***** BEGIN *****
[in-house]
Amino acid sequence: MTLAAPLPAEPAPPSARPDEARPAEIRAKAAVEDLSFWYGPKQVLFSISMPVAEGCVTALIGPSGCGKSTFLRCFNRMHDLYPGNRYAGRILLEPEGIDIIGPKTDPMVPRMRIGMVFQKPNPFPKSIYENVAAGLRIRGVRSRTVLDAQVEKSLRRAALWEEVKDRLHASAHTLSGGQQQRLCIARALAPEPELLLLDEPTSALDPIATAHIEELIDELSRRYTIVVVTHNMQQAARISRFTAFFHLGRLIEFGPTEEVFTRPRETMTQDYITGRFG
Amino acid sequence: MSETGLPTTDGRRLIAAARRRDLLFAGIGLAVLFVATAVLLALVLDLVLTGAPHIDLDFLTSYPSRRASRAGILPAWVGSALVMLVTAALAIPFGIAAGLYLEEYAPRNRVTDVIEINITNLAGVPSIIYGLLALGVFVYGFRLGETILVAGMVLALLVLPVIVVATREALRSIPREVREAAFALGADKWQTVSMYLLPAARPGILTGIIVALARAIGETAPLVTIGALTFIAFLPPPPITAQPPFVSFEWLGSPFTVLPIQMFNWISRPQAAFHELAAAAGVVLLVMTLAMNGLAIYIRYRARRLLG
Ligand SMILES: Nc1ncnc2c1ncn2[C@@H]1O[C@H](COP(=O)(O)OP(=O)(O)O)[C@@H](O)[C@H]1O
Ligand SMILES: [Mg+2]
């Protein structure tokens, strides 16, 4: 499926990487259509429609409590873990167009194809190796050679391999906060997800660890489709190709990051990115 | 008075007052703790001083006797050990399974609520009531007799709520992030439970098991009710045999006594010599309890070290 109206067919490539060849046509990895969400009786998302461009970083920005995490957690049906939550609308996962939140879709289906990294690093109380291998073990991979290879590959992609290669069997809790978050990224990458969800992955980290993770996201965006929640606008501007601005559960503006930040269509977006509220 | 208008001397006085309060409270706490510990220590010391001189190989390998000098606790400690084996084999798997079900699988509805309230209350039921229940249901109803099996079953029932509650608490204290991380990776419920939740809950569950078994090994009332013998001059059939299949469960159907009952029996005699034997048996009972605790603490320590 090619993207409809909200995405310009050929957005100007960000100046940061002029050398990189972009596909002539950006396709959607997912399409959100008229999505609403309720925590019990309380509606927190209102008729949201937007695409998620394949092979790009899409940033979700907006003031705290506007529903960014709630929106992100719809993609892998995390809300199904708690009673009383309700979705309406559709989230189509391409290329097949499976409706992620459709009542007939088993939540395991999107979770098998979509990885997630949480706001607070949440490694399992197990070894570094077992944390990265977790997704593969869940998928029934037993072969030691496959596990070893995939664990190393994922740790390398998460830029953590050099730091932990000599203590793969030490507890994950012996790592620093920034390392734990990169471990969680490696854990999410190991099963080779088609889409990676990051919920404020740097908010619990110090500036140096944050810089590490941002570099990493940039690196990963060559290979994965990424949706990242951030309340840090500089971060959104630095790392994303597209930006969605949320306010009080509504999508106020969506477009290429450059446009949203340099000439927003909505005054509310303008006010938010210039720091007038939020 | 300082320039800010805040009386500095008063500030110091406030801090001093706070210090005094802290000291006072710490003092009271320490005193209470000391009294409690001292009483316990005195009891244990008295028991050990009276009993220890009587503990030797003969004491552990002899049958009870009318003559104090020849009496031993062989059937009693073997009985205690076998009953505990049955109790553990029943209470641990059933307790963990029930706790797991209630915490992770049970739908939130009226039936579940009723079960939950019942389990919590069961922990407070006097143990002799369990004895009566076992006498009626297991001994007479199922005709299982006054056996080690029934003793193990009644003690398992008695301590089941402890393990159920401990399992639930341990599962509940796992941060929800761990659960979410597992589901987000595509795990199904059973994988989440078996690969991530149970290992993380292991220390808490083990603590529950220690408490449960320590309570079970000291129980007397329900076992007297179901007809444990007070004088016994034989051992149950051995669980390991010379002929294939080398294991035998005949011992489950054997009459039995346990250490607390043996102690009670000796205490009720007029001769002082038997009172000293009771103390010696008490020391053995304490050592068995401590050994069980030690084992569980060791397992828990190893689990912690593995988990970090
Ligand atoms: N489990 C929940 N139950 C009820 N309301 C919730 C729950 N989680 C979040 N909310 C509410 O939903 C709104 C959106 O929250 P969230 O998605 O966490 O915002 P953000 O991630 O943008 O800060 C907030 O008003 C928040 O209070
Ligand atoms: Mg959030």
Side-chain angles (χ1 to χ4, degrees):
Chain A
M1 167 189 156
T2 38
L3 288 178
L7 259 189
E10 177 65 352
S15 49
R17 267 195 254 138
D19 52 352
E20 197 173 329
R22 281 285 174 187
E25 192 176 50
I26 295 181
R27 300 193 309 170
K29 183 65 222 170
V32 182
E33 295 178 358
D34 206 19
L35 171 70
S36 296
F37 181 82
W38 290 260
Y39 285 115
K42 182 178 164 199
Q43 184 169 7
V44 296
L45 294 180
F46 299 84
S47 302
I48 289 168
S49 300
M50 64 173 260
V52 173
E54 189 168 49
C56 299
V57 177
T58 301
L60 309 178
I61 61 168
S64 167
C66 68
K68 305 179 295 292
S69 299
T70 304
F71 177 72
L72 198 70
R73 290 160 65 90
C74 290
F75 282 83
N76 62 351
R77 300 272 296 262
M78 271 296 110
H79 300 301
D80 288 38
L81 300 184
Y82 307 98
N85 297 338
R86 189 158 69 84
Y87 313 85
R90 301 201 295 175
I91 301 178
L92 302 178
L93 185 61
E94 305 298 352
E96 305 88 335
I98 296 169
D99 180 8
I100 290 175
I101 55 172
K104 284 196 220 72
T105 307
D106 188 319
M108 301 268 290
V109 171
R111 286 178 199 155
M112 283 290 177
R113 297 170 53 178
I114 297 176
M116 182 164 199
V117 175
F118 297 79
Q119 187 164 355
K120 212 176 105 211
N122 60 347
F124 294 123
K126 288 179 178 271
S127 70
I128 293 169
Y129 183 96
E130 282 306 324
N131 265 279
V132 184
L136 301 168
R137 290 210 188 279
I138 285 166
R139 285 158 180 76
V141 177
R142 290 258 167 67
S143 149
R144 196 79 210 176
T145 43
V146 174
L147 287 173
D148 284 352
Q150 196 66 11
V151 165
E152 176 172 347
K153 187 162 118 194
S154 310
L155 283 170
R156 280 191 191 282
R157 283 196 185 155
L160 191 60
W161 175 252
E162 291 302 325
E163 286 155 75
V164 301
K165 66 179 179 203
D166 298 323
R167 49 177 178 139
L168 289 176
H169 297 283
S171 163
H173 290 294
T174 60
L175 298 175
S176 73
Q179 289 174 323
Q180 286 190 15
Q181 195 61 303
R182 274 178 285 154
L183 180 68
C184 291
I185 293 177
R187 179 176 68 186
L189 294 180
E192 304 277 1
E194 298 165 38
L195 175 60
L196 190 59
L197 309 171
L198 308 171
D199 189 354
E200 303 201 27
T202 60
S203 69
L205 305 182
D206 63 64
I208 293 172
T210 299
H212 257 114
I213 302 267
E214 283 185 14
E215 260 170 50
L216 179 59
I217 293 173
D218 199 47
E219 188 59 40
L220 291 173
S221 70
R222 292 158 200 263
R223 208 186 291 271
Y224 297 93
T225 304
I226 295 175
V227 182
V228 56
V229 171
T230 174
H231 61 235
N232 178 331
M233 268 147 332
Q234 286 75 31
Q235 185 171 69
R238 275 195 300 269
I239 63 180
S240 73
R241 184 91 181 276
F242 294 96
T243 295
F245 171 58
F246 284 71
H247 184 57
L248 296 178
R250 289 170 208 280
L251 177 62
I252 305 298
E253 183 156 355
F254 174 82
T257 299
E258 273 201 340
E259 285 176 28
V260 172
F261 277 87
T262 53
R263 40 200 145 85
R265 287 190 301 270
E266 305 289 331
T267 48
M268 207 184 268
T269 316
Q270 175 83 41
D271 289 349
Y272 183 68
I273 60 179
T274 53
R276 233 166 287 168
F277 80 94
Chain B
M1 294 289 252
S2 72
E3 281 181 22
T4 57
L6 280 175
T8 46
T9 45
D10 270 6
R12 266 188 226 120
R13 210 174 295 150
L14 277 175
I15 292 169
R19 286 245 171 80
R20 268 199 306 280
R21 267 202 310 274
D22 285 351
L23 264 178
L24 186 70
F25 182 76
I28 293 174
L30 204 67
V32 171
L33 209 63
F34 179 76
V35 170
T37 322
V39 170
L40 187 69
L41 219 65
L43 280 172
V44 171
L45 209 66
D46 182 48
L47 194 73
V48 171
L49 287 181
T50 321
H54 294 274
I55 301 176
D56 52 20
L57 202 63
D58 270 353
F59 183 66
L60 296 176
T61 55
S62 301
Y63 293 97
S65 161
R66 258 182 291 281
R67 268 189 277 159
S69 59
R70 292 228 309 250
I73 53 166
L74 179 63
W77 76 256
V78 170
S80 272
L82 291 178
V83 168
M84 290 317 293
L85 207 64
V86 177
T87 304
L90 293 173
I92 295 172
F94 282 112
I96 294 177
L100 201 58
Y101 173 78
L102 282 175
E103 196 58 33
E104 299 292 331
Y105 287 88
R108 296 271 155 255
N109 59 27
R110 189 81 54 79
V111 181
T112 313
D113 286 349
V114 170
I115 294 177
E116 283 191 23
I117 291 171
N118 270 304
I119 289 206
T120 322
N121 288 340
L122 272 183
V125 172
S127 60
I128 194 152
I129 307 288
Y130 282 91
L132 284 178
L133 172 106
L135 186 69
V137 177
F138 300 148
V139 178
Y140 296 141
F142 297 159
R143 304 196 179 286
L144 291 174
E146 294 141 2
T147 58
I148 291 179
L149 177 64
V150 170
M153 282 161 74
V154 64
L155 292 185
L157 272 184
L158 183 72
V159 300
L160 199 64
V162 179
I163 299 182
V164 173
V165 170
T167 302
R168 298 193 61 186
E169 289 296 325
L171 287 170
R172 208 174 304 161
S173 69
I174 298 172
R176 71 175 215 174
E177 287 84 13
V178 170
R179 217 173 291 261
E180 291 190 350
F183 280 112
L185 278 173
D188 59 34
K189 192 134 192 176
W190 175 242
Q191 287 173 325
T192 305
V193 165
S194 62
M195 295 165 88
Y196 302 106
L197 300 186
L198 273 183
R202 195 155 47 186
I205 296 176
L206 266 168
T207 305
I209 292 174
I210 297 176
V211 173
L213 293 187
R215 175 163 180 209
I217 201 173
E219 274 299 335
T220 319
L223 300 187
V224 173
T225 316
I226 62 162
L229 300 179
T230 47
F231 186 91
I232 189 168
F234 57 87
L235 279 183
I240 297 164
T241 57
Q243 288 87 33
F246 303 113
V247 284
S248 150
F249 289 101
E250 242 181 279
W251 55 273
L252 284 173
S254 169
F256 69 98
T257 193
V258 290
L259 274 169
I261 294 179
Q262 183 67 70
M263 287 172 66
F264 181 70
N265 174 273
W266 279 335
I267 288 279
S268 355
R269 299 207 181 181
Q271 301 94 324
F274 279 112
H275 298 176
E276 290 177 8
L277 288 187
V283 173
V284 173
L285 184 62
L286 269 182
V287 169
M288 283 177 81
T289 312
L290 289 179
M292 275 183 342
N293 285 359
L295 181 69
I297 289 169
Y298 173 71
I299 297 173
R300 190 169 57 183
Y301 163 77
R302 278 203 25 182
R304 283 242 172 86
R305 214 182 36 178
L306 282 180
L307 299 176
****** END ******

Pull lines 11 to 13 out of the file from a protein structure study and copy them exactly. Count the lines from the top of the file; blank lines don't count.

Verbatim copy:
M1 167 189 156
T2 38
L3 288 178